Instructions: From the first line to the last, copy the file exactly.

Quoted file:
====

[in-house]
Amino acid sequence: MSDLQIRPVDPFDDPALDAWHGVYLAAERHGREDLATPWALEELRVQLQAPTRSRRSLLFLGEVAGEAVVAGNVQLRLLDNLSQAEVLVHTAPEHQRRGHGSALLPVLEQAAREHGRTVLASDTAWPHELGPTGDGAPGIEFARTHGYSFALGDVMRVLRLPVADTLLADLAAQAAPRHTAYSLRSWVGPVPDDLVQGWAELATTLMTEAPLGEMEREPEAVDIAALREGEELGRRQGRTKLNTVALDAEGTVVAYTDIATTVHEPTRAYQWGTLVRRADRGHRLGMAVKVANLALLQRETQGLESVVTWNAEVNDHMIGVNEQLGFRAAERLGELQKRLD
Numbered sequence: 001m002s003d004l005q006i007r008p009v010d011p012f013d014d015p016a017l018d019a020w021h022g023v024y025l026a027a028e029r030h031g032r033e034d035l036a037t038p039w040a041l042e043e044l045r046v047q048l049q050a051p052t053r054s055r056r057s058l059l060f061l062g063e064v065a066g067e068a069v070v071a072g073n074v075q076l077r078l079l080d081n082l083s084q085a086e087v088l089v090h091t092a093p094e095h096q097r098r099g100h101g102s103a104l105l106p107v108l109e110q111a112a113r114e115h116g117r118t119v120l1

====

[in-house]
Amino acid sequence: MSDLQIRPVDPFDDPALDAWHGVYLAAERHGREDLATPWALEELRVQLQAPTRSRRSLLFLGEVAGEAVVAGNVQLRLLDNLSQAEVLVHTAPEHQRRGHGSALLPVLEQAAREHGRTVLASDTAWPHELGPTGDGAPGIEFARTHGYSFALGDVMRVLRLPVADTLLADLAAQAAPRHTAYSLRSWVGPVPDDLVQGWAELATTLMTEAPLGEMEREPEAVDIAALREGEELGRRQGRTKLNTVALDAEGTVVAYTDIATTVHEPTRAYQWGTLVRRADRGHRLGMAVKVANLALLQRETQGLESVVTWNAEVNDHMIGVNEQLGFRAAERLGELQKRLD
Numbered sequence: 001m002s003d004l005q006i007r008p009v010d011p012f013d014d015p016a017l018d019a020w021h022g023v024y025l026a027a028e029r030h031g032r033e034d035l036a037t038p039w040a041l042e043e044l045r046v047q048l049q050a051p052t053r054s055r056r057s058l059l060f061l062g063e064v065a066g067e068a069v070v071a072g073n074v075q076l077r078l079l080d081n082l083s084q085a086e087v088l089v090h091t092a093p094e095h096q097r098r099g100h101g102s103a104l105l106p107v108l109e110q111a112a113r114e115h116g117r118t119v120l1